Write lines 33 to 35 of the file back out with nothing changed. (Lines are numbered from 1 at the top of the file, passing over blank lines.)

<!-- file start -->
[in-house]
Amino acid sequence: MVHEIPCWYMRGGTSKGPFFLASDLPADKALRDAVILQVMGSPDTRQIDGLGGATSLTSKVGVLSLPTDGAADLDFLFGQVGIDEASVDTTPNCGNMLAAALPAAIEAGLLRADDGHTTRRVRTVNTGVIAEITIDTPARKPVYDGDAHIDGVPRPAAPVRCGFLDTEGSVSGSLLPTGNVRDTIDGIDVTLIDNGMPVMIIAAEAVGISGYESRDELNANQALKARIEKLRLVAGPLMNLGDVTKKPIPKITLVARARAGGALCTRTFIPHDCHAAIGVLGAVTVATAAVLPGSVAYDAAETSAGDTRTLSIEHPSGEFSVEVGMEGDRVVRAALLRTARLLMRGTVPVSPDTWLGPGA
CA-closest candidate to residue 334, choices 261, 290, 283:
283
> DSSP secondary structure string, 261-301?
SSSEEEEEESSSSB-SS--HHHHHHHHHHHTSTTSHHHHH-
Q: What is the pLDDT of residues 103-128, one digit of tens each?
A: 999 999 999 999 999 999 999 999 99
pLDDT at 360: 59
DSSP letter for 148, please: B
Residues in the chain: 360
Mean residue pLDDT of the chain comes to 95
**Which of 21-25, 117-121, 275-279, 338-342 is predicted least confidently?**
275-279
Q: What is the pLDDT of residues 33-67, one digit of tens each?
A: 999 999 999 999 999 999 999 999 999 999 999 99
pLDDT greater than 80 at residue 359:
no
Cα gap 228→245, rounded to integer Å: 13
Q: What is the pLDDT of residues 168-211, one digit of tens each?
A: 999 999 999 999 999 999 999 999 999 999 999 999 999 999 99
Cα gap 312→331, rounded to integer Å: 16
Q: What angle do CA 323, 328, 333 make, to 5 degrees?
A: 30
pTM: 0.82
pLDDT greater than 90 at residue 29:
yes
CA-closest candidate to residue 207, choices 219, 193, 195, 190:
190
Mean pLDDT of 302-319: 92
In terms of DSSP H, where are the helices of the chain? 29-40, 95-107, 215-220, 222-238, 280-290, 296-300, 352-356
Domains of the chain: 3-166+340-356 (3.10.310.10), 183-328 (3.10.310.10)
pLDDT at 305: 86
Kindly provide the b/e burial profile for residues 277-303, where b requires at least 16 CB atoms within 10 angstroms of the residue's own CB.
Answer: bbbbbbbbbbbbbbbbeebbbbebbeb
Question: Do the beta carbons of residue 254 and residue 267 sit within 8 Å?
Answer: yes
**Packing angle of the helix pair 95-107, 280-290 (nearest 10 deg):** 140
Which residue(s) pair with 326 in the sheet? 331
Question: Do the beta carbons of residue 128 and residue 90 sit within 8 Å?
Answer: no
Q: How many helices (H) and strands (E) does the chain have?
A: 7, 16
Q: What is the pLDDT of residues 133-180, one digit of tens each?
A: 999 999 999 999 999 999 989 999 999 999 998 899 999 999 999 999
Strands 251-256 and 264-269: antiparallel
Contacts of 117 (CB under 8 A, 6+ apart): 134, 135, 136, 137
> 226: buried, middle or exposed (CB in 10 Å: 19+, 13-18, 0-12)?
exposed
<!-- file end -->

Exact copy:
pLDDT at 305: 86
Kindly provide the b/e burial profile for residues 277-303, where b requires at least 16 CB atoms within 10 angstroms of the residue's own CB.
Answer: bbbbbbbbbbbbbbbbeebbbbebbeb